Remember the time in school when you were asked what you wanted to become once you grew up? And remember how everyone talked about either becoming a doctor or an engineer? Not many would have raised their hands in class, especially those belonging to the middle and upper classes, and proudly express an ambition of becoming farmers, despite the latter's invaluable contribution to the country and its economy.
However, slowly but surely, youngsters are taking an active interest in agriculture. Many have realised that if they can manage a farm on their own, they can actually earn a lot more than what their friends make in multinational companies.
Take for instance, the case of Nazrul Islam Badal. A 38-year-old mathematics graduate from a village in Gazipur, Nazrul has converted the land he inherited from his father into a wonderful date palm garden. Previously, Badal was involved in the telecommunication sector. After suffering a huge loss, he realised that it wasn't his true calling.
“I was very curious about the date palm business. Once I realised that I could grow them here, I desperately started looking for more information online. I found farmers from Thailand who received a bumper yield and bought 2,000 plants from them with a bank loan in 2015,” explains Badal.
Currently, Badal owns 105 large trees of 16 species of date palms in his garden. On an average, each tree contains 70 to 80 kilograms of premium date palms, of which each kg can be sold at Tk 2,000 – 2,500. Badal claims that in some cases his dates are sweeter than those of Saudi Arabia.
At the same time, Badal has also been selling plants and seeds of these date palms to interested parties. Depending on the age of the plants, each plant costs around Tk 2,000 – 10,000, while each seed is sold at Tk100. “Right now, I earn a profit of around Tk 6 lakhs per month. And I hope that within the next 10 years, my garden can serve the demand of the whole country,” an ecstatic Badal states.
Young people like Badal are helping change the existing idea that agriculture is a last resort since it's a profession for lower income farmers. People are starting to look at agriculture as a profitable venture across Bangladesh.
Like Badal, 37-year-old Delwar Jahan, a Chittagong University graduate and a former journalist, also took up organic farming as a profession, along with his friends.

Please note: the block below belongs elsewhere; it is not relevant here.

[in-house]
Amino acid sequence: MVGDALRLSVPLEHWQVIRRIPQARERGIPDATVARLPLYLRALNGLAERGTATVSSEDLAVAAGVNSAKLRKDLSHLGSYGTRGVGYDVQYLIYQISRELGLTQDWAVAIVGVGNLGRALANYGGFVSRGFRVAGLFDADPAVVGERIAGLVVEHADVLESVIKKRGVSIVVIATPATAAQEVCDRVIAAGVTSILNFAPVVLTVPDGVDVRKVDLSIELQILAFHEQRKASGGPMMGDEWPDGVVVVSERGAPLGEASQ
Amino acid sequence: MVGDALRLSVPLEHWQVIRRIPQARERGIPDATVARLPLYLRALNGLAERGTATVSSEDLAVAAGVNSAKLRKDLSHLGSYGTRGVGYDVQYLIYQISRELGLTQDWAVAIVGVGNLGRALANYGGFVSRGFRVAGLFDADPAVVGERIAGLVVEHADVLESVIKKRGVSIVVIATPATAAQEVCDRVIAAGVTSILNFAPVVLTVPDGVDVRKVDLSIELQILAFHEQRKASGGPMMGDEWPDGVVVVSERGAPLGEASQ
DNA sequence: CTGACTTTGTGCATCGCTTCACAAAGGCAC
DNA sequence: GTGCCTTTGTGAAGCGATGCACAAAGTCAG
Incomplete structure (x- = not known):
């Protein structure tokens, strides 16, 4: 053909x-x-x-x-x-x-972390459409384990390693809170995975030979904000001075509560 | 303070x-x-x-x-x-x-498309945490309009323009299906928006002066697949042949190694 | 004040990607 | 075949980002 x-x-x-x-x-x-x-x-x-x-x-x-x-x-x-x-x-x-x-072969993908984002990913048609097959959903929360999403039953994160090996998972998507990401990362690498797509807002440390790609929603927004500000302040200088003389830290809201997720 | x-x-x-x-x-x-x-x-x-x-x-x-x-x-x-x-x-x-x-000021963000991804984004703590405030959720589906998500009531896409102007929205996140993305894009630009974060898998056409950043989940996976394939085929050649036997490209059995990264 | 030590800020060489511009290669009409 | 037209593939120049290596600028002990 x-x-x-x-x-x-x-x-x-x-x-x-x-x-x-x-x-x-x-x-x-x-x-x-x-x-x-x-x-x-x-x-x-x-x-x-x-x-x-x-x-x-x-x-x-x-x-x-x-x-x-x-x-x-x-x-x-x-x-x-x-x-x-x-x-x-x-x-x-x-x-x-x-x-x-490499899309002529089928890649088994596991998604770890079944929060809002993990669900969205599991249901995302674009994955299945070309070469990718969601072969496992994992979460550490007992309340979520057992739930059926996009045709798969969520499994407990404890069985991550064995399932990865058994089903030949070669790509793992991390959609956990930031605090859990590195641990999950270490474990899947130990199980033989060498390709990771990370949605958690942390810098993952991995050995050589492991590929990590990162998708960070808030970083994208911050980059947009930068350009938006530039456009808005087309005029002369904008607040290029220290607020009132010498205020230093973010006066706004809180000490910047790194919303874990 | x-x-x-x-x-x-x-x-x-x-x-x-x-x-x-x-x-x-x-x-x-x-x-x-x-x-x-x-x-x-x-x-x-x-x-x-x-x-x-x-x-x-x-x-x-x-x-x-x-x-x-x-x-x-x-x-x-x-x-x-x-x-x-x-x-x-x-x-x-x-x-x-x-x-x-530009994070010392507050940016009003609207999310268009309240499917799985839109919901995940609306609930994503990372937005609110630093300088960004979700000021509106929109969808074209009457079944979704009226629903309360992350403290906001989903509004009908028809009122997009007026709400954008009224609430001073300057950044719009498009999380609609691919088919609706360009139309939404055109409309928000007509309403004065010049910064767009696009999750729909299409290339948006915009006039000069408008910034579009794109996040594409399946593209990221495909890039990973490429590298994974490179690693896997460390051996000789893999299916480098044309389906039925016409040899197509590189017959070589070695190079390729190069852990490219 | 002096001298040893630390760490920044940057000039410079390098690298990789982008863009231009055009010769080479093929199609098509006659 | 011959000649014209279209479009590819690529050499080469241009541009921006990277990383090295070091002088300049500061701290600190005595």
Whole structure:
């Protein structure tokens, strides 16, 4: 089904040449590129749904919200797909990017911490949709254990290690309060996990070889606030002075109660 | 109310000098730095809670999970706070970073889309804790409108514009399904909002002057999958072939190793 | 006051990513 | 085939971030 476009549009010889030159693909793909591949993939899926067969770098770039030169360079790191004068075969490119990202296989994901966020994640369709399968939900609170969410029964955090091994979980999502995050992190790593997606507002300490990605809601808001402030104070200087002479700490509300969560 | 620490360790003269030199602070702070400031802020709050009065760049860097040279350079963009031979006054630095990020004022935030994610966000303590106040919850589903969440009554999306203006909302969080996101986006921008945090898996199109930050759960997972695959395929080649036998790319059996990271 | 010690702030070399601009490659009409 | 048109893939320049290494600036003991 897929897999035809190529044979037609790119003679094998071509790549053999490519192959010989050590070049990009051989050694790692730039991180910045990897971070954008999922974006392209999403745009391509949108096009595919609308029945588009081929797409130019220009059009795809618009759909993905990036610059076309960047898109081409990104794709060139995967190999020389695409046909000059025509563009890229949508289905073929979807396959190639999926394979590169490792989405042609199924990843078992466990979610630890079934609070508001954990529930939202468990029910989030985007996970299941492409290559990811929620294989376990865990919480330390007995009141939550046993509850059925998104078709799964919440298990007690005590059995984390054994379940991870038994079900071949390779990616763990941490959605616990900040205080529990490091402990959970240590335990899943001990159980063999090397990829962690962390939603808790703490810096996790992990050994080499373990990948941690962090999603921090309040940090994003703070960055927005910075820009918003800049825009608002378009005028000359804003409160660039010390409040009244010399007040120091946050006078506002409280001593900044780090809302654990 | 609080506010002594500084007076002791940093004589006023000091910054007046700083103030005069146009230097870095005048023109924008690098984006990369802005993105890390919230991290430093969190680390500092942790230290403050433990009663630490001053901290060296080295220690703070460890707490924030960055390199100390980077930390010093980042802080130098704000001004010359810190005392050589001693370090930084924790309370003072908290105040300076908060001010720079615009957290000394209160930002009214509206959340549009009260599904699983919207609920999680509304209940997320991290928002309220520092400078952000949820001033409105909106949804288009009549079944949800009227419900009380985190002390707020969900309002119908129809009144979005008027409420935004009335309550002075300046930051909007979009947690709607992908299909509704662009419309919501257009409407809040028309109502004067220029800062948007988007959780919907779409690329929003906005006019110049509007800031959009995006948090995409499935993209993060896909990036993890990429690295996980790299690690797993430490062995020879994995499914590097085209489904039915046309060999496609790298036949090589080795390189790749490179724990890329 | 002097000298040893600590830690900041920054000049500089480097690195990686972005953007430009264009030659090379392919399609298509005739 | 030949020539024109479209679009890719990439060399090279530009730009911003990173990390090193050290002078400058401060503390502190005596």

“Farmers in the country spend a lot on chemical fertilisers and pesticides. On top of that, they don't make much profit. Not only does that affect the environment but hurts them as well. My friends and I wanted to tackle these problems,” recalls Delwar.
“From 2013, we started our organic farming project on a leased land in a village at Manikganj, where we have grown organic vegetables and raised chickens, cows, fishes, and a lot more on our own. Whenever we faced any problems, we sought help from the local farmers,” he says.
“At first, they thought that we were crazy. Why would we get into farming despite having degrees? But as time progressed, they understood the value of organic farming through our crops and started taking interest as well,” adds Delwar.
"If someone creates an integrated farm, with livestock, fisheries, poultry, and crops, and if it can be maintained appropriately—for instance, if cow dung can be used as organic fertiliser and the leftover vegetables can be fed to the cow—it is possible to make profit,” he adds.
Around 20 lakh youngsters enter the job sector in Bangladesh every year; however, we don't have the number of jobs to match the demand. According to experts, the agriculture sector could help change that scenario.
According to media and agriculture development activist Shykh Seraj, youth living in urban areas are steadily gaining an interest in agriculture. “A large number of them believe that if they invest their talent, hard work, and money in agriculture, they will get a good return, because agriculture has become commercially viable today,” he adds.
According to Seraj, earlier, urban youth don't usually choose agro-based professions, because many of them wouldn't like to work in mud and water. Now, agriculture is more diverse and the pattern of it has also changed. “They can now grow crops in greenhouses, or under the shed,” he adds.
There are different organisations supporting such developments as well. For example, the Department of Youth Development (DYD) is providing training to youth who are interested to build a career in integrated agriculture. According to Masuda Akhand, deputy director at the DYD, a total of 2, 86,572 young men and women from different districts and more than 16 lakh youth from different upazilas have received training on integrated agriculture since its inception.
According to Masuda, the rate of employment is high among people who take training in agriculture and the department even provides loans to these trainees at a minimal interest rate. One can avail Tk 60,000 at a time.
Similarly, Palli Karma-Sahayak Foundation (PKSF) has provided loans to 2.2 million small and medium agricultural enterprises. Among them are three lakh young entrepreneurs, who are engaged in new varieties of agricultural products and crop production.
Seraj believes that if we make agriculture the centre of the country's main development system, and go forward accordingly, we can lead a content life. “Just imagine, if we had 500 top-class agro scientists, they could maintain the world's food system. Then, the entire business model would be agro-based—research, development, seed development, smart technology development; and people wouldn't neglect agriculture as a profession,” he says.